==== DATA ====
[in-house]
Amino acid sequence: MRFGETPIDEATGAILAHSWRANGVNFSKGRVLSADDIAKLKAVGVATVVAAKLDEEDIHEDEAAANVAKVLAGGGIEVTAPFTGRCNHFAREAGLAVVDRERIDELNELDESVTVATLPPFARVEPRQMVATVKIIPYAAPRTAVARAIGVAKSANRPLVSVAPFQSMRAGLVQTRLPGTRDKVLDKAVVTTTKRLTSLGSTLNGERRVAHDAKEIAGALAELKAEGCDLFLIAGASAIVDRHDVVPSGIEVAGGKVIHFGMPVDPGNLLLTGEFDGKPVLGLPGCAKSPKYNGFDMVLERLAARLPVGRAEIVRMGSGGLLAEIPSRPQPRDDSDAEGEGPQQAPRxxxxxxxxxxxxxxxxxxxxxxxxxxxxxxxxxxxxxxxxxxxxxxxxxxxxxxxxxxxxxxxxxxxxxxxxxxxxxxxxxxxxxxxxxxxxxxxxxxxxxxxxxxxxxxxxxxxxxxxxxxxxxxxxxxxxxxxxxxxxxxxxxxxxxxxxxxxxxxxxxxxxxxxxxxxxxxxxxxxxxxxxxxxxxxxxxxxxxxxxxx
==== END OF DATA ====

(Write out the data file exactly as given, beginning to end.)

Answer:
[in-house]
Amino acid sequence: MRFGETPIDEATGAILAHSWRANGVNFSKGRVLSADDIAKLKAVGVATVVAAKLDEEDIHEDEAAANVAKVLAGGGIEVTAPFTGRCNHFAREAGLAVVDRERIDELNELDESVTVATLPPFARVEPRQMVATVKIIPYAAPRTAVARAIGVAKSANRPLVSVAPFQSMRAGLVQTRLPGTRDKVLDKAVVTTTKRLTSLGSTLNGERRVAHDAKEIAGALAELKAEGCDLFLIAGASAIVDRHDVVPSGIEVAGGKVIHFGMPVDPGNLLLTGEFDGKPVLGLPGCAKSPKYNGFDMVLERLAARLPVGRAEIVRMGSGGLLAEIPSRPQPRDDSDAEGEGPQQAPRxxxxxxxxxxxxxxxxxxxxxxxxxxxxxxxxxxxxxxxxxxxxxxxxxxxxxxxxxxxxxxxxxxxxxxxxxxxxxxxxxxxxxxxxxxxxxxxxxxxxxxxxxxxxxxxxxxxxxxxxxxxxxxxxxxxxxxxxxxxxxxxxxxxxxxxxxxxxxxxxxxxxxxxxxxxxxxxxxxxxxxxxxxxxxxxxxxxxxxxxxx